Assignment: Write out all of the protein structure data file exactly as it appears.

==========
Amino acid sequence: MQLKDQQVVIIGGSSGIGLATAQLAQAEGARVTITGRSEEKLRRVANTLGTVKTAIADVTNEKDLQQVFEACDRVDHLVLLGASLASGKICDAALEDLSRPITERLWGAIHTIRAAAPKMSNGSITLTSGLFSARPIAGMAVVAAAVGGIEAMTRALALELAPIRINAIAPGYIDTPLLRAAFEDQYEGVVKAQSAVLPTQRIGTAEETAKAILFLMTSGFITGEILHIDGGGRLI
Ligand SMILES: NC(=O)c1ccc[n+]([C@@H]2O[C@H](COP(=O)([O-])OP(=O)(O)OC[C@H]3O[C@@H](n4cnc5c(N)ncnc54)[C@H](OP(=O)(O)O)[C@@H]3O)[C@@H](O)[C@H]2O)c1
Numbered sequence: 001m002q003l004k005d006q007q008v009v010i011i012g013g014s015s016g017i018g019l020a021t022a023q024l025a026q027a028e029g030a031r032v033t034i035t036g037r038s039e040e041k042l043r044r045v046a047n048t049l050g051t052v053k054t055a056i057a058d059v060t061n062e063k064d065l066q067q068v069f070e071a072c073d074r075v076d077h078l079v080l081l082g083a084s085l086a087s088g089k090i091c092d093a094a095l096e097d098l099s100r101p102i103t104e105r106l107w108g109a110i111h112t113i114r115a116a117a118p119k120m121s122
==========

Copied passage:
Amino acid sequence: MQLKDQQVVIIGGSSGIGLATAQLAQAEGARVTITGRSEEKLRRVANTLGTVKTAIADVTNEKDLQQVFEACDRVDHLVLLGASLASGKICDAALEDLSRPITERLWGAIHTIRAAAPKMSNGSITLTSGLFSARPIAGMAVVAAAVGGIEAMTRALALELAPIRINAIAPGYIDTPLLRAAFEDQYEGVVKAQSAVLPTQRIGTAEETAKAILFLMTSGFITGEILHIDGGGRLI
Ligand SMILES: NC(=O)c1ccc[n+]([C@@H]2O[C@H](COP(=O)([O-])OP(=O)(O)OC[C@H]3O[C@@H](n4cnc5c(N)ncnc54)[C@H](OP(=O)(O)O)[C@@H]3O)[C@@H](O)[C@H]2O)c1
Numbered sequence: 001m002q003l004k005d006q007q008v009v010i011i012g013g014s015s016g017i018g019l020a021t022a023q024l025a026q027a028e029g030a031r032v033t034i035t036g037r038s039e040e041k042l043r044r045v046a047n048t049l050g051t052v053k054t055a056i057a058d059v060t061n062e063k064d065l066q067q068v069f070e071a072c073d074r075v076d077h078l079v080l081l082g083a084s085l086a087s088g089k090i091c092d093a094a095l096e097d098l099s100r101p102i103t104e105r106l107w108g109a110i111h112t113i114r115a116a117a118p119k120m121s122